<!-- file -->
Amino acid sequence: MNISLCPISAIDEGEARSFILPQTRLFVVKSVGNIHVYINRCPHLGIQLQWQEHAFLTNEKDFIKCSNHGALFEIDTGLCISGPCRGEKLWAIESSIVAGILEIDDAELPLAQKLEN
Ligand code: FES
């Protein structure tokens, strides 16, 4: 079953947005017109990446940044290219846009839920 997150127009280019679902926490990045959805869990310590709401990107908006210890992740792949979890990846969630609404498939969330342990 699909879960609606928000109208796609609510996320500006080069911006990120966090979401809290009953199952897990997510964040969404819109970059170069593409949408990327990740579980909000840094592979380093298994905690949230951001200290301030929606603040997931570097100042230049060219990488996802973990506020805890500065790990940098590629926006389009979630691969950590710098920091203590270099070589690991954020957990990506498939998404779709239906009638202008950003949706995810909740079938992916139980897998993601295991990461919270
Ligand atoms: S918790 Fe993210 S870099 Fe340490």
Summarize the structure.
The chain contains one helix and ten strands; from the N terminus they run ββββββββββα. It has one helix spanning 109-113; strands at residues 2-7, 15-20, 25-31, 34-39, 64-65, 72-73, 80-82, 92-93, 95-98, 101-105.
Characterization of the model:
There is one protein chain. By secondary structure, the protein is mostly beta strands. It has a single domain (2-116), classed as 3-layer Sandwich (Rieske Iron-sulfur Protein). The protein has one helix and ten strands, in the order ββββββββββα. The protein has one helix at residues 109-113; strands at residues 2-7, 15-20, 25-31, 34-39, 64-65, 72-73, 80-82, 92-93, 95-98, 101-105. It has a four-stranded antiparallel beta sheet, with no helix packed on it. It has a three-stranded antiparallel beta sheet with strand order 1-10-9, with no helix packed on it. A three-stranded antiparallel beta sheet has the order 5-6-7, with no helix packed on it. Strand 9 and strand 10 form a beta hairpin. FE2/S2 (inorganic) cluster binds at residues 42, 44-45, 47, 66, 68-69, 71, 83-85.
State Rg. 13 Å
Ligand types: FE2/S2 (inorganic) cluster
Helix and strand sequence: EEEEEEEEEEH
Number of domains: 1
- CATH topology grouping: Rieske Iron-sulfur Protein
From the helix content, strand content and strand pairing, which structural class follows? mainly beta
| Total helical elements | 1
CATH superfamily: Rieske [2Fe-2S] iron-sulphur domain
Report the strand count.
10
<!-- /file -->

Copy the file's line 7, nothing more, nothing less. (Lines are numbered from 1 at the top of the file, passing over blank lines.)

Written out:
Characterization of the model: